Thursday 28 October 2010

I Shall Wear Midnight, Terry Pratchett

Terry Pratchett's latest Discworld novel is the fourth and final installment in the Tiffany Aching and the Nac Mac Feegle subseries. The Wee Free Men, A Hatful of Sky, Wintersmith and now I Shall Wear Midnight make up a quartet of books specifically aimed at the Young Adult market and also enjoyed by adults (as opposed to the others which are adult novels also appreciated by teenagers.) The subseries follows child witch Tiffany as she trains for her career, which includes fighting the Queen of the Elves with a frying pan, kissing the spirit of Winter, and is watched over by the Nac Mac Feegle, a chaotic clan of fairy warriors who were probably thrown out of fairyland for being drunk and disorderly. By the beginning of I Shall Wear Midnight, Tiffany is fifteen years old and is established in her role as the witch of the Chalk.

The book's title refers to a comment by Tiffany in one of the earlier stories: "When I am old, I shall wear midnight." (It also evokes the wonderful poem by Jenny Joseph that begins, "When I am an old woman, I shall wear purple.") As you might expect, this is very much a coming-of-age story, and explores more mature themes than its predecessors. Very early on we are plunged into a chapter that is comparable with the previous darkest scene of the Discworld, (The Cable Street Cells And What Vimes Found There in Night Watch,) and this in a kids' book! The scariest moments are those where there is nothing fantastical about the monsters at all - because the monsters are entirely human.

Not that Pratchett's other monster isn't scary as well. The big baddy is the Cunning Man, the ghost of an evil witch-finder of long ago, who stirs up people's suspicion of the witches, and their headology, first sight and second thoughts.*
"Poison goes where poison's welcome."
The Cunning Man seems to have evolved from something human into the personification of an idea, something that appears again and again, that a witch may be able to defeat for now, but not for ever. He seems more than a mere monster, like a vampire or even a malevolent ghost. To me it seemed that the Cunning man represents the darkness of the human heart and a warning that it can grow independent and out of control.

But I Shall Wear Midnight is not all darkness, doom and gloom. For one thing, we meet the Nac Mac Feegle again, who persisted in making me cackle insanely with their banter and their twisted logic, their sly trickery and sheer stupidity! It's not possible to tell you enough about the Feegles to give you an accurate picture, so I'll show you instead:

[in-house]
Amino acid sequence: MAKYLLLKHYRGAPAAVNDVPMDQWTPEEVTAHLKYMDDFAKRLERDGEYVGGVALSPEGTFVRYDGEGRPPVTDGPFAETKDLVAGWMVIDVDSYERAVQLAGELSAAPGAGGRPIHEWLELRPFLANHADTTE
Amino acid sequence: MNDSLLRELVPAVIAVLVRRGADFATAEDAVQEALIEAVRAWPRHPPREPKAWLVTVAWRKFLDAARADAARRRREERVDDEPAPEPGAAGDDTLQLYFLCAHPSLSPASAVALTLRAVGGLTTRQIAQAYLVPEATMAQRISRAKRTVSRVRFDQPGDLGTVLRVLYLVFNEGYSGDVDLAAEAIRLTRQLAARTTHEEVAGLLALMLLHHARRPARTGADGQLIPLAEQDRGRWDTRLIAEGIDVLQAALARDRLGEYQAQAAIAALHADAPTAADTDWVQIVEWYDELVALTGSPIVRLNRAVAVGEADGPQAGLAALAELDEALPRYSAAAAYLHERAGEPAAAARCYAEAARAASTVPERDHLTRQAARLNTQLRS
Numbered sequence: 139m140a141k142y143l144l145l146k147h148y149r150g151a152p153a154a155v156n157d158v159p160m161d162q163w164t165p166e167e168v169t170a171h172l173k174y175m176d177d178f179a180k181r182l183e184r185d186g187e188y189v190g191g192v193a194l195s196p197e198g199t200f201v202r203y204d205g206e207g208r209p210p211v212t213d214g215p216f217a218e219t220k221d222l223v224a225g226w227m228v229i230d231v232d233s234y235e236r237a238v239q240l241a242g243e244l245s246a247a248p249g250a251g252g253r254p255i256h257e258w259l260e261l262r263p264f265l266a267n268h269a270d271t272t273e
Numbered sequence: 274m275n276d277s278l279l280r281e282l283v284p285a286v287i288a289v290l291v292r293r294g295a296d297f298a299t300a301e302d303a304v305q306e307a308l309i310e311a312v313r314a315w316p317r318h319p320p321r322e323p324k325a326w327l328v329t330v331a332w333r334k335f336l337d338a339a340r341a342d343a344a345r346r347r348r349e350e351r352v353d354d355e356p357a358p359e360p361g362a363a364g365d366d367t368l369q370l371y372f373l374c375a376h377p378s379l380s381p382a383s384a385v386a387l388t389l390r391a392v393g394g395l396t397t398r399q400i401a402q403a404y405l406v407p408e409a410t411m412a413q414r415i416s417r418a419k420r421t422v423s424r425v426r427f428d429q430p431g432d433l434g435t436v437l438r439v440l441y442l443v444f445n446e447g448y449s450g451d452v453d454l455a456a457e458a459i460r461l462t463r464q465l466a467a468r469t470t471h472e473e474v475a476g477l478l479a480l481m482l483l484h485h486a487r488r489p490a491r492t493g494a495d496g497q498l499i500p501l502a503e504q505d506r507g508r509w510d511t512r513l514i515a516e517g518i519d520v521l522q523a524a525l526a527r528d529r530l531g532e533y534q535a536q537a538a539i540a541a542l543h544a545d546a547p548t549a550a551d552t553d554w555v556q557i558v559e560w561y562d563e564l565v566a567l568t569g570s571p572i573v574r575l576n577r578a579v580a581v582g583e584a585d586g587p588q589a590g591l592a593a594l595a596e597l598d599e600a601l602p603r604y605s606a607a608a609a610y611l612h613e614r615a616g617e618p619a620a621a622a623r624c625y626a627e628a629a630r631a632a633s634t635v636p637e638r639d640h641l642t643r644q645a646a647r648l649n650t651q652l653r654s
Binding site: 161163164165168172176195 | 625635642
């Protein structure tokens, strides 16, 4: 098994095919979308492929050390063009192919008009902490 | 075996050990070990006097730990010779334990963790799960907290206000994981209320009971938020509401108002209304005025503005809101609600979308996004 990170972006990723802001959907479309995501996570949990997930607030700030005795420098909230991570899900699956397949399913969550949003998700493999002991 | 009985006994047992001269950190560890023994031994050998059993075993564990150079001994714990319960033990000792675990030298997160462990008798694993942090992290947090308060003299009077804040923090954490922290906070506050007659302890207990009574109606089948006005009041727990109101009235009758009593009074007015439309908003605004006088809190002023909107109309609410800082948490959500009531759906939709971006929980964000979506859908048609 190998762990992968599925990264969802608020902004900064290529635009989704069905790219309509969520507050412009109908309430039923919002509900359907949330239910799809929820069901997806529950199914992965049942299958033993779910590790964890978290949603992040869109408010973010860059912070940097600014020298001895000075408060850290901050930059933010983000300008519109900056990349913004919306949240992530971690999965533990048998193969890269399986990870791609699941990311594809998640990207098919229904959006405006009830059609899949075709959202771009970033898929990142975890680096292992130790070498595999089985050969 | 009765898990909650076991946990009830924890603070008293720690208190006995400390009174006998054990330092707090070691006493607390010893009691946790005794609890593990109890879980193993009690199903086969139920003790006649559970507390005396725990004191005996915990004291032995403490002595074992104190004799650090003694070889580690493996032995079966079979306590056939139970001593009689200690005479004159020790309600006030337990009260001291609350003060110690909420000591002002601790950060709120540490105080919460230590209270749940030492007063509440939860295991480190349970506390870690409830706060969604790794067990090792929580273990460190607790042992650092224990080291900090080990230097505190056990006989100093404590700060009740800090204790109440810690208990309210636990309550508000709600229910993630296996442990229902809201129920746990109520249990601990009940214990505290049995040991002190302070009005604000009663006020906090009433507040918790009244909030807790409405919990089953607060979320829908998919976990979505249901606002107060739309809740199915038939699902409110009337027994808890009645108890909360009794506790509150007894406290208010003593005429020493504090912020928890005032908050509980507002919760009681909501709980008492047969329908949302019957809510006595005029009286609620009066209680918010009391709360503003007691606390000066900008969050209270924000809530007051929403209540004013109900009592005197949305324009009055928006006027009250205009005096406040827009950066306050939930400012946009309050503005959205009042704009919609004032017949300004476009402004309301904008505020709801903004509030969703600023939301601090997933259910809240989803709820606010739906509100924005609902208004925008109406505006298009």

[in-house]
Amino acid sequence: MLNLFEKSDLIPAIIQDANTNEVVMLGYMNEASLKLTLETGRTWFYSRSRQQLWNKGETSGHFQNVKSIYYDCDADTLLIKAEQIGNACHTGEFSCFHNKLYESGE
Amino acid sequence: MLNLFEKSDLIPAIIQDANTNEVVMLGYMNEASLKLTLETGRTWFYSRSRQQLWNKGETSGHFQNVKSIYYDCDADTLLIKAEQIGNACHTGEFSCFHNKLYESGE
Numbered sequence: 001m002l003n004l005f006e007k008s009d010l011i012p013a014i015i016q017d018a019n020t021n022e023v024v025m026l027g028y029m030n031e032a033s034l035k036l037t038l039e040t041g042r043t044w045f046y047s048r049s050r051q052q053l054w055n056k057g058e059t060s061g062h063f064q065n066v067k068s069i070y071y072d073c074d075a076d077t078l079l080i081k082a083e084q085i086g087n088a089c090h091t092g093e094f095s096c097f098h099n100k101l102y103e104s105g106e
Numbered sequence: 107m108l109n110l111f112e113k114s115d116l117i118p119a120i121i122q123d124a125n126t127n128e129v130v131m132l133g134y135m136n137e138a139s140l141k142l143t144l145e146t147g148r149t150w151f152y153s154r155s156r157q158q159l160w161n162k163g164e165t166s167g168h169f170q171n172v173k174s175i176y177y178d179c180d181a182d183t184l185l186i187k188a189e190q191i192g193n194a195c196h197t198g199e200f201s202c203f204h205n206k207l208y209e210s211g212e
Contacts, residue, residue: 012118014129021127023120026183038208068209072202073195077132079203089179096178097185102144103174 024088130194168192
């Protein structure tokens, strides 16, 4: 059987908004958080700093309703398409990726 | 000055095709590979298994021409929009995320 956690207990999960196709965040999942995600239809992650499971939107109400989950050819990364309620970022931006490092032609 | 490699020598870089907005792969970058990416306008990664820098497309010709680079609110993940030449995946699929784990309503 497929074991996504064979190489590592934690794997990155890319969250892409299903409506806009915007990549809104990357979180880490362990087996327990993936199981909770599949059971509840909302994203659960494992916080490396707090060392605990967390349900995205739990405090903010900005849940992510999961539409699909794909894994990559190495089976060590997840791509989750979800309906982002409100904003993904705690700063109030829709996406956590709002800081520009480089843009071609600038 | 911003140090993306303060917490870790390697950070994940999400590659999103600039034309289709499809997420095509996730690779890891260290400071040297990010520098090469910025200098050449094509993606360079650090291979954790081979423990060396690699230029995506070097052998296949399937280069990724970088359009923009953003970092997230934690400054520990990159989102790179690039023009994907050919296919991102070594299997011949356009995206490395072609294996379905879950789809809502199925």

The Nac Mac Feegle

"Why is it, Rob Anybody, that you persist in lying when you are caught red-handed?" [asked Tiffany]
"Ah, weel, that's an easy one, miss," said Rob Anybody, who was technically the head an of the Nac Mac Feegles. "After all, ye ken, what would be the point of lyin' when you had nae done anything wrong? Anyway, now I am mortally wounded to my giblets on account of me good name being slandered," he said, grinning. "How many times have I lied to you, miss?"
"Seven hundred and fifty-three times," said Tiffany. "Every time you promise not to interfere in my business."
This is the final book of the Tiffany Aching series, and it rounds off nicely, leaving Tiffany at sixteen, with a comfortable career and a bit of romance. This book contains cameos from other subseries, such as the original three witches, (Nanny Ogg is on top form!) and various members of the Ankh-Morpork City Watch. And fans of Pratchett from the earliest books get to meet an old friend.

*Headology should not be confused with psychology. Headology relies on the idea that people's understanding and beliefs shape their reality. When Granny Weatherwax is attacked by vampires in another book, they find themselves desperately craving a cup of tea. First sight is seeing what is really there. Second thoughts are when you think about what it is that you're thinking.

1 comment:

  1. This sounds very interesting. I love the quote "when I am old I shall wear midnight." so much more interesting than wearing purple. I haven't heard of this series but this makes me want to look into it.
    Also, re: the UK cover of Infinite Days, I have seen it. It's really pretty. Stunning in a different way than the American cover.


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